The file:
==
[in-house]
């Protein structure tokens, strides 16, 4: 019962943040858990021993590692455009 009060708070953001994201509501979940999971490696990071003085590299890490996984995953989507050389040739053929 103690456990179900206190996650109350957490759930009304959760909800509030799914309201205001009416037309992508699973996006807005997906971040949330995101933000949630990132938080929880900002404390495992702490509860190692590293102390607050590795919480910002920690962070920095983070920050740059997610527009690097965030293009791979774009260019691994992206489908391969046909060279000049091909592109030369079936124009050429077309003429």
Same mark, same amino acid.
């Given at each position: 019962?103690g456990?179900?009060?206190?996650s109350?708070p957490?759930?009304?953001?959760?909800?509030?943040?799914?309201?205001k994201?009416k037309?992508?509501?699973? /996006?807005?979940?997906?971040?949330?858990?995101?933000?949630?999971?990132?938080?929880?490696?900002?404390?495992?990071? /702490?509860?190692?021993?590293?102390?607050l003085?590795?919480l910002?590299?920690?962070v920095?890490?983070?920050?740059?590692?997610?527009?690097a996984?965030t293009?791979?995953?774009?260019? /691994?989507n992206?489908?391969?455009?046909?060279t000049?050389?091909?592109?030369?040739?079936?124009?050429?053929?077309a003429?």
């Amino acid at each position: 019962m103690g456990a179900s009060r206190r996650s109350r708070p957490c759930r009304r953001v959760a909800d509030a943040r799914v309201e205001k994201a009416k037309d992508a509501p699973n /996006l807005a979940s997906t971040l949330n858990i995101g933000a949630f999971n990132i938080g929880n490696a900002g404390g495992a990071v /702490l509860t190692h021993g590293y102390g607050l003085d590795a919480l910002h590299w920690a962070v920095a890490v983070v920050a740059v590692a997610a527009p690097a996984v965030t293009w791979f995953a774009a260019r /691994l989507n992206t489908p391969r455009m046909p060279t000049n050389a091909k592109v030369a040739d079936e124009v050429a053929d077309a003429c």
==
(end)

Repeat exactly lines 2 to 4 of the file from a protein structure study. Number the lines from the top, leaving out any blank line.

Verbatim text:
């Protein structure tokens, strides 16, 4: 019962943040858990021993590692455009 009060708070953001994201509501979940999971490696990071003085590299890490996984995953989507050389040739053929 103690456990179900206190996650109350957490759930009304959760909800509030799914309201205001009416037309992508699973996006807005997906971040949330995101933000949630990132938080929880900002404390495992702490509860190692590293102390607050590795919480910002920690962070920095983070920050740059997610527009690097965030293009791979774009260019691994992206489908391969046909060279000049091909592109030369079936124009050429077309003429």
Same mark, same amino acid.
């Given at each position: 019962?103690g456990?179900?009060?206190?996650s109350?708070p957490?759930?009304?953001?959760?909800?509030?943040?799914?309201?205001k994201?009416k037309?992508?509501?699973? /996006?807005?979940?997906?971040?949330?858990?995101?933000?949630?999971?990132?938080?929880?490696?900002?404390?495992?990071? /702490?509860?190692?021993?590293?102390?607050l003085?590795?919480l910002?590299?920690?962070v920095?890490?983070?920050?740059?590692?997610?527009?690097a996984?965030t293009?791979?995953?774009?260019? /691994?989507n992206?489908?391969?455009?046909?060279t000049?050389?091909?592109?030369?040739?079936?124009?050429?053929?077309a003429?």